The economic relationship between Mauritius and China goes back to 1972 when it became the first African country to establish a full-time embassy in Beijing. However, Chinese presence in Mauritius actually dates all the way to the 1800s, making it easy to see why Mauritius has such strong historical, economic and cultural ties with the People’s Republic of China.
This makes it only fitting that the Mauritius-China Free Trade Agreement (FTA), which came into force as from the 1st of January 2021, is the first ever free trade pact that China has ratified with an African country. Given that Mauritius has been trying for several years to position itself as a base for Chinese investments flowing into Africa, the Mauritius-China Free Trade Agreement (FTA) comes as a most welcome development indeed, opening up an array of opportunities for the island economy to position itself as the preferred investment gateway between China and Africa.
Unlocking market access for products
So far, Mauritian exports to China, as illustrated in the figure below, had not been too encouraging due to the high costs of doing business in Mauritius based on expensive wages, high freight costs of bringing raw materials to Mauritius, and lofty duty on goods to be exported. Finally, the low scale of production and supply in view of the small size of the domestic market was another problem area that had hindered Mauritian exports to China.
Now, with the FTA in place, almost all goods between the two countries will be exempt from custom duties; 96.3% of product categories made in Mauritius will enter China duty-free while 94.2% of product categories made in China will enter Mauritius duty-free. As for the small size of the domestic market, the world is now its oyster with the FTA positioning Mauritius as a base for Chinese exports to Africa, coming as it does at a most opportune time when the African Continental Free Trade Agreement (AfCFTA) has also entered into force.
In terms of the composition of exports from Mauritius to China, the FTA opens up exciting avenues for niche local products such as special sugars, rum, fish and jewellery. Most significantly for the island economy which possesses one of the largest Exclusive Economic Zones in the world at over 2 Mn km2, the FTA with China also represents an enormous opportunity for the Ocean Economy in Mauritius whose marine resources have remained largely under-exploited so far.
Figure 1: Mauritius Exports to China over the last decade (2010-2020)
Broadening the scope for services
On the services side, both countries have opened up more than 100 sectors – including tourism, law, financial services, telecommunications, ICT, professional services, construction and health – to economic operators from the other country.
Moreover, the FTA agrees to promote the development of a Renminbi clearing and settlement facility in the territory of Mauritius. This allows the island economy to develop itself as the African jurisdiction for clearing Renminbi, thus providing an unparalleled opportunity for African firms to deal directly with Chinese corporations without risking FX exposure.
Momentously, the FTA also signals a move for both countries to share expertise in FinTech with the wider aim of promoting innovation in financial services. With China proceeding at pace with the digital yuan, the onus may just fall on Mauritius to pioneer the Central Bank Digital Currency revolution for all of Africa.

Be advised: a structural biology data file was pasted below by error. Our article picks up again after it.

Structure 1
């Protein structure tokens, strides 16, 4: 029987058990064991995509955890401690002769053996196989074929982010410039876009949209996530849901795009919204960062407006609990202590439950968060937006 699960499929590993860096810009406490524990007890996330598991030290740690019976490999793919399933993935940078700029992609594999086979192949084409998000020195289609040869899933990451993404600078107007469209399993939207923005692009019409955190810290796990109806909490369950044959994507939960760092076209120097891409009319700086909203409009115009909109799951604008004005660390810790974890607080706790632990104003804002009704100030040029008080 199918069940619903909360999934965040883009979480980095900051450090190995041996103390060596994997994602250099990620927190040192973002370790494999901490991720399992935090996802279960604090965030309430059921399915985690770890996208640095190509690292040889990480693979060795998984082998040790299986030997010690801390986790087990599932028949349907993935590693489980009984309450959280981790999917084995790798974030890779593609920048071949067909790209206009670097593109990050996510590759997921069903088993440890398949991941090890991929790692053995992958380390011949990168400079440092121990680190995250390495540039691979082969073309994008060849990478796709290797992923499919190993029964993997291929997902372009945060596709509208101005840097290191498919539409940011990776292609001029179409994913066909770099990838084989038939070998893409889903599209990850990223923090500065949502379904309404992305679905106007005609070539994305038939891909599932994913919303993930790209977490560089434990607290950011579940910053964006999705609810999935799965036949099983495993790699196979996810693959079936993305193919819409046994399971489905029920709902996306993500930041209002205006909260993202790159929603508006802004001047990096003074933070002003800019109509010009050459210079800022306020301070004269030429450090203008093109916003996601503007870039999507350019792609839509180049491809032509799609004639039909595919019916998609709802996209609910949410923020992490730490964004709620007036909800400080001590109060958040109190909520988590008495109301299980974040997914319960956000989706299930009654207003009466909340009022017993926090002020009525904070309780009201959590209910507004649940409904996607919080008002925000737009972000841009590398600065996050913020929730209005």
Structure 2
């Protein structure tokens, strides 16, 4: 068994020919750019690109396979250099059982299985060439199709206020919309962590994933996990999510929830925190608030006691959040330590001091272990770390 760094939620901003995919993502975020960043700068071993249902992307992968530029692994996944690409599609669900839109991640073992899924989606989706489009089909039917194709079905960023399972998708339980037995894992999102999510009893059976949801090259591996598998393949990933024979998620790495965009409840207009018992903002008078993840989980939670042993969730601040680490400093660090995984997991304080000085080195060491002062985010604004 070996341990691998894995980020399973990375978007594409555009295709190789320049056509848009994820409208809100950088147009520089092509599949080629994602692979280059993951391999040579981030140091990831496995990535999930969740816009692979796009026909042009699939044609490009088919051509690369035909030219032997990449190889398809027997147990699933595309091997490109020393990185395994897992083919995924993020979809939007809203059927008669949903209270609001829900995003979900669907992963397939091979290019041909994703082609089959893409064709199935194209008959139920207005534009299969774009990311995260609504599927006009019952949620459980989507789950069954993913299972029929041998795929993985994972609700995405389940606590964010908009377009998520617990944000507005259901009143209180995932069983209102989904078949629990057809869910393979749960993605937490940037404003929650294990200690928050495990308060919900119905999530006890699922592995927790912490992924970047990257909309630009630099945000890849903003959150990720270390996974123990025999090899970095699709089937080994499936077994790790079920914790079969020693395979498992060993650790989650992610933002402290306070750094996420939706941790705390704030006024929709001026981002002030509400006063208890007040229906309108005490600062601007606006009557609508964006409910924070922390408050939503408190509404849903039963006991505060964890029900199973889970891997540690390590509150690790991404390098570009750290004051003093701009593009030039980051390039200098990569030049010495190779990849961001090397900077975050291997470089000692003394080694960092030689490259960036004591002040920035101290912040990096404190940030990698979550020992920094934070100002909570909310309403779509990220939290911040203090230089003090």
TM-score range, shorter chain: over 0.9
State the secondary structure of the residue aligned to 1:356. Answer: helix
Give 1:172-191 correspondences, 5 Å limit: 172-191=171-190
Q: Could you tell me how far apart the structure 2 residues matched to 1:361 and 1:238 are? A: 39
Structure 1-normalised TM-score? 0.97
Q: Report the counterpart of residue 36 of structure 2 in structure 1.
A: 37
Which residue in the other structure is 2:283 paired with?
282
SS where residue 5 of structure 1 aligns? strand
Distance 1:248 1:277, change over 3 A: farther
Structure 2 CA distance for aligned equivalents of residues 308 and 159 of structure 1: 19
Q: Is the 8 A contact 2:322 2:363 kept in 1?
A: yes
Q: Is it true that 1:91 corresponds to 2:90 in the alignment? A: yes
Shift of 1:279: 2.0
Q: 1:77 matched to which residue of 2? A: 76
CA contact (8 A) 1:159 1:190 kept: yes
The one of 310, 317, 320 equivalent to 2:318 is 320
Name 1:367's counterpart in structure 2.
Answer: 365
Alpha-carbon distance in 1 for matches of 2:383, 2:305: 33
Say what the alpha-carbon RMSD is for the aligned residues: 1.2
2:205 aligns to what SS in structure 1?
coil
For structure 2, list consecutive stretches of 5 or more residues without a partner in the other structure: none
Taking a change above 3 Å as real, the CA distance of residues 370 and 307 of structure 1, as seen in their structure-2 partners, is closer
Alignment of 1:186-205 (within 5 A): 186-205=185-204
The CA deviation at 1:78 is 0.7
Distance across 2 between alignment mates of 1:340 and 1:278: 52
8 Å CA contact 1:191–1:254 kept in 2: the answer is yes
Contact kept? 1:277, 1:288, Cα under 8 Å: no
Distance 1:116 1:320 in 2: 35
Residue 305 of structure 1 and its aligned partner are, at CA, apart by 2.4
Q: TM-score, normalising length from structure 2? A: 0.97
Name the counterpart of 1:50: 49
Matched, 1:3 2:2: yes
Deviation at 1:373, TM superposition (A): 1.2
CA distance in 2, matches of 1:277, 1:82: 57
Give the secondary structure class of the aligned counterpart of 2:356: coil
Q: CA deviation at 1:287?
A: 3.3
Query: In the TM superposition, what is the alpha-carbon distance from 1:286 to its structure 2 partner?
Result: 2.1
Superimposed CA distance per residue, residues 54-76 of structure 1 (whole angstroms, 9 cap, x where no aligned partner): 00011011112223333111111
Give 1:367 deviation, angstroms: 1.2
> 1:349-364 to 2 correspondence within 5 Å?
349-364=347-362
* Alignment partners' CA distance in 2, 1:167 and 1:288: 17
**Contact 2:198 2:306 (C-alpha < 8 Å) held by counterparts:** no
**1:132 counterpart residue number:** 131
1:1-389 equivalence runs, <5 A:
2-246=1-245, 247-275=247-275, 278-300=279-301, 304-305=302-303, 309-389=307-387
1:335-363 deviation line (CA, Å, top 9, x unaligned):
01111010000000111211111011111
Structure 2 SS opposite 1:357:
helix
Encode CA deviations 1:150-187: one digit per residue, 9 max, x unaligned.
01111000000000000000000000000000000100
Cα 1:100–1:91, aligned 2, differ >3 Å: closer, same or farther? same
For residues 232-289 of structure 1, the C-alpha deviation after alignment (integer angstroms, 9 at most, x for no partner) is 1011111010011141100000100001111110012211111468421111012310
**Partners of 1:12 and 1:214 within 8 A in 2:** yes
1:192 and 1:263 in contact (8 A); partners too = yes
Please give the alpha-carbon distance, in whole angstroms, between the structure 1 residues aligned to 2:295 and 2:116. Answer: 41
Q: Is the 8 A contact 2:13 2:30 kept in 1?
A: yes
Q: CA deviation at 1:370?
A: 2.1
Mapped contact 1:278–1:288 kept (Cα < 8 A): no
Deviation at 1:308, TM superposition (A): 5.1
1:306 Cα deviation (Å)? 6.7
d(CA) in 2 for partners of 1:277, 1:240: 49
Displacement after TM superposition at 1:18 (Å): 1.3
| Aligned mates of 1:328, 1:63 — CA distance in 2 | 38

Finally, the FTA positions Mauritius to welcome Chinese professionals across the entire spectrum of services required for sustainable investments into Africa, besides reinforcing the substance measures and Core Income Generating Activities introduced by the Mauritius International Financial Centre (MIFC) as part of its revamped global business model.
Giving investments a boost
On the investment side, Mauritius’ unique geographic location positions it as a natural gateway between Asia and Africa. As a logical extension, promoting investments into Africa forms one of the key focus areas of the MIFC.
We are already witnessing significant flows of Chinese investment through Mauritius into Africa, taking advantage of its extensive network of Double Taxation Avoidance Agreements (DTAAs) and Investment Promotion and Protection Agreements (IPPAs). The FTA will only consolidate Mauritius’ position as an investment gateway of choice to Africa.
In terms of investments, the jurisdiction is best poised to attract Chinese inflows in the field of high-end property and hotel development into Mauritius and Africa. As Chinese companies extend their footprint in Africa, some of them might also set up their regional headquarters in Mauritius to take advantage of the conducive business climate, political stability, relatively robust infrastructure, as well as strong financial and legal ecosystem that prevails in Mauritius.
Despite the clear benefits that the agreement potentially places within the reach of the island economy and the wider region, it will take a few years to properly evaluate the real advantages of the Mauritius–China FTA under this new preferential regime. Amid all this, to further broaden its economic footprint, Mauritius has also recently finalised the signing and ratification of the Comprehensive Economic Cooperation and Partnership Agreement (CECPA) with India.
Taken together with the AfCFTA which creates the largest free trade area in the world, these bilateral agreements with significant trading partners have put Mauritius in a stronger position for more trade and investment, and at a time when such growth is sorely needed with COVID-19 forcing successive lockdowns and dampening economic prospects.
It is now up to the business community to effectively engage and proactively leverage these agreements for the greater good of both Mauritius and the mainland continent – allowing the island economy to truly realise its African destiny in the process.